Valve designed and wrote Wheatley’s character specifically with Merchant in mind, because he was just too perfect for the job, which is obvious to anyone who has played it. In an interview with IGN, Merchant said he accepted the role without thinking much of it, but when he started telling his friends about the role, he began to understand the kind of pressure he was under. “I was petrified,” he tells the interviewer, “what if I blow it?”
As I’m sure you could assume from what you’ve read so far, he in fact did not blow it. His comedic timing and delivery are always perfect, plus the fact that any time he goes off on improvised monologues (which is often) they’re always so random and hilarious yet perfectly in character.
The real dramatic challenge of Wheatley’s arc, though, is being both wacky and idiotic while also being maniacal, which Merchant yet again nails. Being a lovable villain is a fine line to walk, but Wheatley achieves it, just like GlaDOS before him.
As much as I could go on and on about how brilliant Merchant is, I have to also give props to Ellen McLain’s return as GlaDOS, as well as J.K. Simmons’ portrayal of Cave Johnson. Perfect casting is a theme with Valve (especially considering they have enough money to get whoever they want for a role), and the writing always allows for the actors’ undeniable talent to shine through.
The introduction of Cave and Caroline’s characters, and the deep dive into Aperture’s history, was such an interesting way to give the game a new flavor while at the same time keeping true to the feeling of the original and expanding the world’s lore all at the same time.
[Image Credit: YouTube user AmbiAnts]
The commitment, humor, and ease of these performances are truly awe-inspiring, and enough to cement the game’s place as one of the best ever created in my book. But the voice acting is only one aspect of what makes Portal 2 so incredible.
The visuals also hold up well, which is partially due to the fact that there aren’t really any people on screen at any point. Attempts at photorealistic human faces seem to age the fastest in my opinion, so avoiding them all together definitely helps.
Even so, Valve seemed to go for a stylized version of reality that feels immersive and lifelike, but doesn’t feel so cartoony that it takes you out of it. In our playthrough, I think the only sign of aging we saw were a few textures popping in, but that was pretty minor.
Like the performances, another aspect that will always age like fine wine is the core game design itself. The puzzles are ridiculously, addictingly fun. I’m so glad I didn’t remember any of them, because I had a blast trying to work them out all over again.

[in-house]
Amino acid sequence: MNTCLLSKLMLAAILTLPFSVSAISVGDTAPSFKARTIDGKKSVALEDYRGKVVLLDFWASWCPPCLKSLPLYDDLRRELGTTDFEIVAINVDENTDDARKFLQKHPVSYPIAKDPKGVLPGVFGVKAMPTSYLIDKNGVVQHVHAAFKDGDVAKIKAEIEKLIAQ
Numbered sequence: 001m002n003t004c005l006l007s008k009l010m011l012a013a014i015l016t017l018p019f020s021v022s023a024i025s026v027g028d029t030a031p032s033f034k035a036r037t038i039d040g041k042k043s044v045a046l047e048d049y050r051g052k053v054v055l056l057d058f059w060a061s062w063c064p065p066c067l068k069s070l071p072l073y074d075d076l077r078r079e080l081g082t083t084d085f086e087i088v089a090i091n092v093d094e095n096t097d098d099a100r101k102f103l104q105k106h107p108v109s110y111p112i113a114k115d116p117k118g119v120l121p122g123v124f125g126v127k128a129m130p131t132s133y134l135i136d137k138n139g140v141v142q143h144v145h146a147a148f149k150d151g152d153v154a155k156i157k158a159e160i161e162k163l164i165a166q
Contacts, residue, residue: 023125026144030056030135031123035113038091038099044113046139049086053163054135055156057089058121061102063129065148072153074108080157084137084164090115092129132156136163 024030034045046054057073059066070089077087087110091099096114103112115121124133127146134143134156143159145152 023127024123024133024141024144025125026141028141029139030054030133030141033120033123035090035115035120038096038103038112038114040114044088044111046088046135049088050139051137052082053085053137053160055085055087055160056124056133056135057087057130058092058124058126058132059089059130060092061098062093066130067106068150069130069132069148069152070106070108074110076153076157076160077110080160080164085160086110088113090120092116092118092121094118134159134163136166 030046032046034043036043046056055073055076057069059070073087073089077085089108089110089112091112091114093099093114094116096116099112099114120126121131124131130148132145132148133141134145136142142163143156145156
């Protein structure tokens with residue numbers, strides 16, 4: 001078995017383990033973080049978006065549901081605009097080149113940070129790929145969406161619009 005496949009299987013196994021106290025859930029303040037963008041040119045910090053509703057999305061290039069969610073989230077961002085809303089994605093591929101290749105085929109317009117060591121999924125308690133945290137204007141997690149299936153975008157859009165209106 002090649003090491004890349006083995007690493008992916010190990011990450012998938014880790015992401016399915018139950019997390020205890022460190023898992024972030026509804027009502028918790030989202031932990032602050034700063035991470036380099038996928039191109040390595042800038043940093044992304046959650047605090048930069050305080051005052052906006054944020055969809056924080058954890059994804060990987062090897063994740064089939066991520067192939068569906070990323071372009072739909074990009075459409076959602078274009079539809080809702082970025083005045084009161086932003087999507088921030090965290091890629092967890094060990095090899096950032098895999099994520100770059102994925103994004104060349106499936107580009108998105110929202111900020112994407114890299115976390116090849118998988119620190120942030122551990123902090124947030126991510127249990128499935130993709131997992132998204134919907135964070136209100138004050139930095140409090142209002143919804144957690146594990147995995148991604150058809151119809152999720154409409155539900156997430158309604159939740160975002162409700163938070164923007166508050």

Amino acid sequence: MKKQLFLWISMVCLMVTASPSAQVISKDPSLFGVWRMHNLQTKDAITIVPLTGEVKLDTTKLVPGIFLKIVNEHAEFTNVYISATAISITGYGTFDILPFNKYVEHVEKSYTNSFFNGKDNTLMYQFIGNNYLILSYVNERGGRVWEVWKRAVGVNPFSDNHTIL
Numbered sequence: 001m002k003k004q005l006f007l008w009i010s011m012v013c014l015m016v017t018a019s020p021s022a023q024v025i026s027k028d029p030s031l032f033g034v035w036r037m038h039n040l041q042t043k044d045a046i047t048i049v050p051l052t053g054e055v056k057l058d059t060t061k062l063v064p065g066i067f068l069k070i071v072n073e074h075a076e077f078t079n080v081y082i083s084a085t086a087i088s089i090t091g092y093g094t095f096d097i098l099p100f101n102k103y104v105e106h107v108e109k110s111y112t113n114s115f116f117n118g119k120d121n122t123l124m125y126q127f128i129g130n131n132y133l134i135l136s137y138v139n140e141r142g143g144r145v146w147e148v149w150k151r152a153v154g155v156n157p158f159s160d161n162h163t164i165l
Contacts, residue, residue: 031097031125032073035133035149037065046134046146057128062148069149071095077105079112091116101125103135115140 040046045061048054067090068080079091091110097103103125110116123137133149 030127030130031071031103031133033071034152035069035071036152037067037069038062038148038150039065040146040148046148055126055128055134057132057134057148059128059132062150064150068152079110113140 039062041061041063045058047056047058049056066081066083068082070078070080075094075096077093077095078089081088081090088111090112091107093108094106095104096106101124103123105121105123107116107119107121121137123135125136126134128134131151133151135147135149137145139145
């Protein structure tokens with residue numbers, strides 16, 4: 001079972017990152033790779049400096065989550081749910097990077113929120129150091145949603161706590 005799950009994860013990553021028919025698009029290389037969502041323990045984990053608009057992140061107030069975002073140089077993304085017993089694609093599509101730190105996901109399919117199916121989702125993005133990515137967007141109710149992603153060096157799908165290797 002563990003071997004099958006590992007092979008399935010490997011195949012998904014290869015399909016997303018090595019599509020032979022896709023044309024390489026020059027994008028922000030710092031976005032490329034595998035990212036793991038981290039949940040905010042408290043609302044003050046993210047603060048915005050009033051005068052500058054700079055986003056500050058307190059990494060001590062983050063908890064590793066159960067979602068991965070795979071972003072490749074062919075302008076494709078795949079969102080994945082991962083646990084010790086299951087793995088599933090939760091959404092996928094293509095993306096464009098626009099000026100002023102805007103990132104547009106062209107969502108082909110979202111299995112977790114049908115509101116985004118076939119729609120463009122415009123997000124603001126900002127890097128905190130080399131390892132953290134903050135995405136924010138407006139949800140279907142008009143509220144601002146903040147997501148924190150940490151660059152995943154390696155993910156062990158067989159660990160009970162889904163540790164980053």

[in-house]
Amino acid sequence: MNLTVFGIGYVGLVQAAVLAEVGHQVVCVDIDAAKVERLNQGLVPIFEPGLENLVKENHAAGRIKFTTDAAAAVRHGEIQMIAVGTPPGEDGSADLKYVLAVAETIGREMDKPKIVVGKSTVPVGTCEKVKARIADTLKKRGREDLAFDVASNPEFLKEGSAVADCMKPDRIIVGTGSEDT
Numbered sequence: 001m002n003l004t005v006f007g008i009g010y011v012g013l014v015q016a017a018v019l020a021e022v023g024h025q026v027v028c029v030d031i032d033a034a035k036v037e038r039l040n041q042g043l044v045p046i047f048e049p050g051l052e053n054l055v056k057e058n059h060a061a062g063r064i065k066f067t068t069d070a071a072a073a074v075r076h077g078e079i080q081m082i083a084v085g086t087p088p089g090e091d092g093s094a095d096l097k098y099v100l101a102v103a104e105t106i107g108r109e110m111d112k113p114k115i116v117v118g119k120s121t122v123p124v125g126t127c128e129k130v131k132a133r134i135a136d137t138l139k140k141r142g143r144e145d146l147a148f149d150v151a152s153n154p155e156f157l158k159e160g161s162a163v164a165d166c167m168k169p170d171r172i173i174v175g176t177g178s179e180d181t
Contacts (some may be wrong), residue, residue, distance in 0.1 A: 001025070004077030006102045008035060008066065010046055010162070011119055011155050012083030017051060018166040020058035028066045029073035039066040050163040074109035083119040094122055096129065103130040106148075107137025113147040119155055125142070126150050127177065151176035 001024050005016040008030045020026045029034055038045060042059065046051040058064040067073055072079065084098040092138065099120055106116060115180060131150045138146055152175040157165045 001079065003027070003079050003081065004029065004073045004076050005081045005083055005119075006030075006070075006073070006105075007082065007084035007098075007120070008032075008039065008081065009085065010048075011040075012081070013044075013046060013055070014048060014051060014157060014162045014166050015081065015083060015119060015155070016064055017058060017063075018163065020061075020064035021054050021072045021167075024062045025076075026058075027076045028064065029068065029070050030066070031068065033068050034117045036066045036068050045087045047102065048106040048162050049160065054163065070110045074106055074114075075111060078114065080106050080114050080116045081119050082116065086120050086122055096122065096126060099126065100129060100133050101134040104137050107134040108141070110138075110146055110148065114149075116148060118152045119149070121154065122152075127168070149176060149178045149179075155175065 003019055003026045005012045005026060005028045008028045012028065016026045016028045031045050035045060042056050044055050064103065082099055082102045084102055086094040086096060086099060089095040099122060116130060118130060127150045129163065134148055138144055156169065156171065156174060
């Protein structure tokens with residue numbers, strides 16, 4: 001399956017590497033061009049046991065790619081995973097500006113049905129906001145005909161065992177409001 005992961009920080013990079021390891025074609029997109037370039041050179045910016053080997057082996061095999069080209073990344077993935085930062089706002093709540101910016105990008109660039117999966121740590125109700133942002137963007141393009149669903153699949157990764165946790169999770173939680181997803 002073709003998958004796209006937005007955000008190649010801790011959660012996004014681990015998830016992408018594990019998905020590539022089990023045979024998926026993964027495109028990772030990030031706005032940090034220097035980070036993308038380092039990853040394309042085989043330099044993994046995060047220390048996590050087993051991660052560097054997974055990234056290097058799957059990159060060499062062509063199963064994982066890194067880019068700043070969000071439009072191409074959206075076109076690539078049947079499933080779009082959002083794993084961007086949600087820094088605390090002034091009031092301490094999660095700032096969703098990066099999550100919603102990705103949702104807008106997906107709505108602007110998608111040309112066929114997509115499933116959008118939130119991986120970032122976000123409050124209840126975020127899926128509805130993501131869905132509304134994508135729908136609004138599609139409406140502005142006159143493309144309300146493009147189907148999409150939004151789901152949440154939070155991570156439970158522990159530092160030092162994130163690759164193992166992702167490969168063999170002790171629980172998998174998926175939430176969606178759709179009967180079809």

I remember thinking that I wish we had more momentum-based puzzle games, because there’s a certain kind of thrill to flinging yourself off of a high platform to be catapulted toward the exit. The fact that the game’s field of view is in first-person makes it all the more thrilling.
Not only did the designers use the core portal mechanic intuitively, but there are so many other mechanics added on top of it, including some from the original game like cubes, emancipation grills, and turrets, as well as new ones like faith plates, the different kinds of gel, light bridges, excursion funnels, lasers, and so on.
The thing about all of these different elements that I was so impressed with is how organically they are introduced and utilized as the puzzles increase in difficulty. When we hit the last few puzzles, I was so shocked to see how many different elements we were using to solve, and how all of them fit together so nicely. Valve, color me impressed, even after all these years.
Even when everything else fades away, and what used to seem shiny and new feels dated, that game design is always going to feel fun and exciting, which to me is what sets apart a good game from a truly great one.
The craziest part of this is that in early development, Valve was exploring other types of puzzle mechanics other than the portals. In an interview with Fast Company right after the game’s release, Wolpaw revealed that they thought there might be more to explore within the Portal franchise, but they “discovered through playtesting that people wanted portals in their Portal 2 — and GlaDOS, and the whole vibe of the first game.” Thank you playtesters, whoever you were.